5. You are one funny guy, John. Merry Christmas to you, Krissy, Athena, and all your family and friends.

  6. And someday a young child will come across this scholarly post and use it as the basis for his December oral report. I can’t wait to see the YouTube video of his teacher’s reaction to the little known facts about Silent Night. Merry Christmas John! LMAO

  7. When the North Vietnamese forces were advancing on Saigon, the song “White Christmas”, played on the American forces radio station in Saigon on the morning of 29 April 1975, and followed by a comment on how many shopping days were left before the holiday, was the code for those Americans still in the country to go immediatly to their evacuation points; this was the final order to get all American personnel out of the country. I wasn’t any where near there (I was stationed in Germany), but I was in the army at that time, and the song has always had an odd sound to me because of that.

  8. Given how many of the best Christmas songs were written by Jewish songwriters, I’m wondering how long we need to get past 9/11 to have a smash hit Islamic Xmas song?

    Yesterday I downloaded copies of a PDF anthology contract2, filled it out, and snailmailed one to the editor of “Dark tales of Lost Civilizations” for my 10,000+ words “Sumeria to the Stars” which had previewed, in a longer version, on Facebook.

    I depend on Facebook now, not just for strange covers of Xmas songs (heard Hanu-Calypso by Kenny Ellis on NPR this morning before opening my eyes) but for feedback oin currently my 9th, 10th, 11th, and 12th FB-serialized novels (respectively Alzheimer’s War, Pirates & Dinosaurs, Lutetia, and I Am Hamlet’s Ghost). So I’m up to 1,129,400 words of fiction written since 6 July 2010, when I doubled my fiction quota to 2,000 words per day written. But its been closer to 5,000 words per day so far in December.

    I never recorded an Xmas song. My one song on MTV was punk rock about the Titanic. I need to get back to that composer who contacted me on FB about setting my lyrics to music, for my Musical “Saddam! Saddam!” which gets me back to Mohammedan Xmas.

  9. You had me there for a moment, when I got distracted and forgot which webpage I was reading.

    Then I looked at the URL and realized it. Thanks for the Christmas cheer!

  10. Love the “Little Didgeridoo Boy” story but am struggling to imagine how the “Pa rum pum pum pum” bit worke dout on a didgeridoo! Thanks for the Christmas cheer!

  11. Little Mime Boy nerver made it to the manger because he wound up getting stuck in a box…..

    Happy Holidays to the Scalzi family!

  12. Oddly enough… last Christmas, during our dinner with friends, a few glasses of wine led us to our own version of “The Little Didgeridoo Boy,” complete with sound effects. Sung loudly around the table.

  13. @ Nentuaby

    Little Dubstep boy was banned from the stables for giving Jesus a headache. He much preferred the offerings of Little Techno Boy.

  14. Thanks for including some statistically unlikely words and phrases (like “Penobscroggin”) in many of your anecdotes. That’ll make it easier to check back in a few years to see how much they get repeated around the web as strange-but-true trivia.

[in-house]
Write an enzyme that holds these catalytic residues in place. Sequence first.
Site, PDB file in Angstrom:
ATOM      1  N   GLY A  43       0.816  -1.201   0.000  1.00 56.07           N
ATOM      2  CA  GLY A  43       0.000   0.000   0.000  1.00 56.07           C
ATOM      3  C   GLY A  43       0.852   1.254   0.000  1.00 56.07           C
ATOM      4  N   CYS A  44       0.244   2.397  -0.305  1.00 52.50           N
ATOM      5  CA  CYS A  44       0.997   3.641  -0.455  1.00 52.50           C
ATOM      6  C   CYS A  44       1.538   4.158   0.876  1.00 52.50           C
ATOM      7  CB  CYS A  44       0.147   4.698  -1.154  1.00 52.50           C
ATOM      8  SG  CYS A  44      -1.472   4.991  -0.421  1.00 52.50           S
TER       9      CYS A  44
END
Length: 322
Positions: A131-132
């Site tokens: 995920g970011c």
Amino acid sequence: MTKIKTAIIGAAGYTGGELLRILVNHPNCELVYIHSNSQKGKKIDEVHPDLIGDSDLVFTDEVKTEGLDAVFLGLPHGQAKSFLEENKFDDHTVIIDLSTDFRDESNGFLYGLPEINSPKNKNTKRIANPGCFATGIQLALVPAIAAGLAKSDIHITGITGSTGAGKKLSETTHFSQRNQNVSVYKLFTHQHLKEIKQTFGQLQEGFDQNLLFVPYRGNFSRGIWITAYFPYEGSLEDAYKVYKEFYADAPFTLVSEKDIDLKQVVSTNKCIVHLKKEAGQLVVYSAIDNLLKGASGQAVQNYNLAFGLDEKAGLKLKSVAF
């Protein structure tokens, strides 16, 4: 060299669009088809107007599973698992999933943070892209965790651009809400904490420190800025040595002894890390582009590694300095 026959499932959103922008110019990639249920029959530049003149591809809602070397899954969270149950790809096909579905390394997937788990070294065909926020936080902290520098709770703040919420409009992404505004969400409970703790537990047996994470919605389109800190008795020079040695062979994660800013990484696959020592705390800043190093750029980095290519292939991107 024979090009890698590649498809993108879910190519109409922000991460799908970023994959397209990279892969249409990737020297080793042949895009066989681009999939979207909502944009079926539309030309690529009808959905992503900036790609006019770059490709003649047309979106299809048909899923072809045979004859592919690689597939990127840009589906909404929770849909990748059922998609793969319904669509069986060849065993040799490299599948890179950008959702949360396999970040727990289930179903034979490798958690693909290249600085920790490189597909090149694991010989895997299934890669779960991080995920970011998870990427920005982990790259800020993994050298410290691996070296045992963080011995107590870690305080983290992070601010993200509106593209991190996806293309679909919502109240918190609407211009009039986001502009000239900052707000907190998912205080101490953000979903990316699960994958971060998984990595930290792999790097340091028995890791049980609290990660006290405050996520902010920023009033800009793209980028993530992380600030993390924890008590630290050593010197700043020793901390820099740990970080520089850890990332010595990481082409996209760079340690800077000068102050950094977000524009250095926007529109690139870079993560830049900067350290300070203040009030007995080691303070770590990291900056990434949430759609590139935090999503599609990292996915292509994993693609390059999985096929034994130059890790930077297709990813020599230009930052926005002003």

(Will the earlier ones get repeated more often, because the people who saw them are less likely to have read enough of the article to twig to what was going on? We must know, for Science!)

  15. This list makes me regret not having children. If I had children I would so enjoy ruining some Christmas songs forever in their minds.

  16. I was surprised and irked to find this on Wikipedia a couple of Xmases ago:


    Autry’s 45 had no traction. It was released at the end of the **summer**.

    It’s true that during the late 40s & early 50s WOR broadcast the Mitchell Schuster Orchestra coast-to-coast four nights a week from the Gloria Palace Ballroom with vocals by the guy who introduced “Rudoph” to the country and helped bootstrap the Autry version to rise to #1.

    What caused my pique was the distortion that the crooner, linked to the fuller biographical article, left show business because of the mob connections to the proposed Bing Crosby biopic.

    That Wiki article provoked me to author this Wiki article about someone who did lead a five-decade long career in Hollywood:


    Before I forget, very funny, John. :>)

    Ironically, the George Strait just began as I close this comment.

    Pacem in Terris,

  17. “It’s a Wonderful Life” originally was a box office flop (in part because of the $3,180,000 estimated budget. That was 65 years ago. It is some sort of Multiverse Science Fiction, of course. Frank Capra, Jr., and Frank Capra III were at the Capra star today on the Hollywood Walk of fame. “We need more George Baileys [as played by James Stewart] and fewer Henry F. Potters [as played by Lionel Barrymore]. See HuffPost for coverage. Frank Capra lent me my first video equipment, as he preceded me at Caltech Thus launching me into my life of cinematographic/sci-fi crime.

    “It’s a Wonderful Life”, 1946, Directed and Produced by Frank Capra

    Writing credits
    Frances Goodrich (screenplay) and
    Albert Hackett (screenplay) and
    Frank Capra (screenplay)
    Jo Swerling (additional scenes)
    Philip Van Doren Stern (story)
    Michael Wilson contributor to screenplay (uncredited)

    Cinematography by
    Joseph F. Biroc (director of photography) (as Joseph Biroc)
    Joseph Walker (director of photography)
    Victor Milner (director of photography) (uncredited)

    Film Editing by William Hornbeck

    Art Direction by Jack Okey

    Set Decoration by Emile Kuri

    Costume Design by Edward Stevenson…

    And, speaking of Christmas music, original musical score written by Dimitri Tiomkin.